Don’t be Left Behind When it Comes to Predictive Marketing

August 28, 2018

Don’t be left behind when it comes to predictive marketing-497824-edited

Predictive marketing is a new, data-driven marketing paradigm. It is a way to approach marketing, with the customer at the center. Companies using predictive marketing focus on developing and managing customer relationships rather than just developing and selling products.

Customers are demanding more meaningful relationships with brands

We as consumers are bombarded with marketing and frankly are fed up. Retail research agency Conlumino conducted a consumer survey in late 2014, that showed many consumers have come to expect some form of personalization - in part because the larger and more established brands have been serving up personalized experiences for some years now.

By asking more than 3,000 adult online shoppers about what information they expected companies to know about them and what personalized experiences they appreciate, the survey uncovered that over 70 percent of shoppers want brands to deliver some type of personalized experience, whether it is an alert about a new product that matches their interests, a refill reminder, or VIP customer recognition.

The findings suggest that a deep understanding of your customers and hyper-targeting is crucial to effective customer engagement and building brand loyalty:

  • More than half of consumers in the US and UK expected e-commerce sites to remember their past purchases
  • Among US shoppers, the most popular personalized experiences were emails offering discounts on products they previously viewed (66%), alerts when products they like are on sale (57%) and VIP customer appreciation rewards (51%)
  • About half of Americans want to receive a new customer welcome greeting, versus only 34% in the UK
  • Shoppers, aged 18 to 34, part of the “millennial” generation, were more likely to appreciate almost all forms personalization: 52% of “millennials” expect brands to remember their birthday as compared to 21% of those aged 65+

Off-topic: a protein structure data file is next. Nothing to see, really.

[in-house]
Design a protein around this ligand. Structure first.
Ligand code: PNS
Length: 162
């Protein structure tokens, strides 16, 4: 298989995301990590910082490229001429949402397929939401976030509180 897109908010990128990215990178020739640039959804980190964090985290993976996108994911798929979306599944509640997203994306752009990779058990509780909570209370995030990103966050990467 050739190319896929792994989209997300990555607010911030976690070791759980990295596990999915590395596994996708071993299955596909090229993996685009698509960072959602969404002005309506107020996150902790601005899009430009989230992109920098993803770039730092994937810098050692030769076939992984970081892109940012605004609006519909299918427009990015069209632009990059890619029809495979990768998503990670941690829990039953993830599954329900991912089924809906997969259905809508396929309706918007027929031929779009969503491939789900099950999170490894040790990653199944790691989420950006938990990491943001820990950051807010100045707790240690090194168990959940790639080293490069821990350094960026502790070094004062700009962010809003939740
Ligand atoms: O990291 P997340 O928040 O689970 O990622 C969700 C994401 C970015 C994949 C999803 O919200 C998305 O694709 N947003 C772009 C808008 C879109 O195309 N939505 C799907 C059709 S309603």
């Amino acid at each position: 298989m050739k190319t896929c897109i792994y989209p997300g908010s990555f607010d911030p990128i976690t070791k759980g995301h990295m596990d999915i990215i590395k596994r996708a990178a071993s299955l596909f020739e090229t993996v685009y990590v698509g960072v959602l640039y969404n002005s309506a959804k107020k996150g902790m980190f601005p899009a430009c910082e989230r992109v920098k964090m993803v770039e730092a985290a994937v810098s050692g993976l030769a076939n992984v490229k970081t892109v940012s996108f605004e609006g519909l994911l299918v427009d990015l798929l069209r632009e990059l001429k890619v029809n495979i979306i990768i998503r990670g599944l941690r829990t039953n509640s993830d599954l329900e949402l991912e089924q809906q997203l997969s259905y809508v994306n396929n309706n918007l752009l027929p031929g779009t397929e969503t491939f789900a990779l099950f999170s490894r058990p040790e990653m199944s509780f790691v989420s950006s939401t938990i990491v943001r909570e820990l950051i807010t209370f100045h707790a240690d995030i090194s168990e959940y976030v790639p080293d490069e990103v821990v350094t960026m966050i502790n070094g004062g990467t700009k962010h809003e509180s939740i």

The customers of Traeger Grills, a manufacturer of barbeque grills and smokers, were demanding more relevancy. They didn’t write or call Traeger to tell them this, but rather the company started to experience a rising number of opt outs when sending emails. Clearly customers were saying that the one-size-fits-all email campaigns were not suiting their needs. Today Traeger customers receive much more relevant and timely emails, such as replenishment reminders to reorder pellets at just the right time. Using predictive marketing has increased the click through rate of their email campaigns by 300% and increased the take rate from 1% to 4%.

Marketers need to change their thinking dramatically. We believe that all customers deserve to be served relevant and respectful communications. Instead of sending one hundred messages with relevancy one, marketers should start to think about sending one message with relevancy one hundred.

Early adopters show that predictive marketing delivers enormous value

McKinsey estimates that optimizing marketing using predictive analytics technologies represents a $200 billion global opportunity for firms.

Large companies like Netflix and Amazon have been using predictive analytics for years. The row of movies and TV shows “you might like” that appear when you curl up on the couch and turn on Netflix is a driving force of the company’s success and is all made possible by the translation of customer data with smart analytics. : “75% of what people watch [on Netflix] is from some sort of recommendation”, said Netflix’s Research Director Xavier Amatriain on the company’s tech blog.

An increase in revenues of 10% to 100% is not unusual when using predictive marketing and individual campaign gains can be even greater. Harrah’s Entertainment has gone on record to state that using predictive analytics sales increased by 68%, for Sainsbury revenues increased 12%, the publishing company Meredith saw take rates on email campaigns increase by 50% and Earthlink reduced churn by 30%, all using predictive analytics.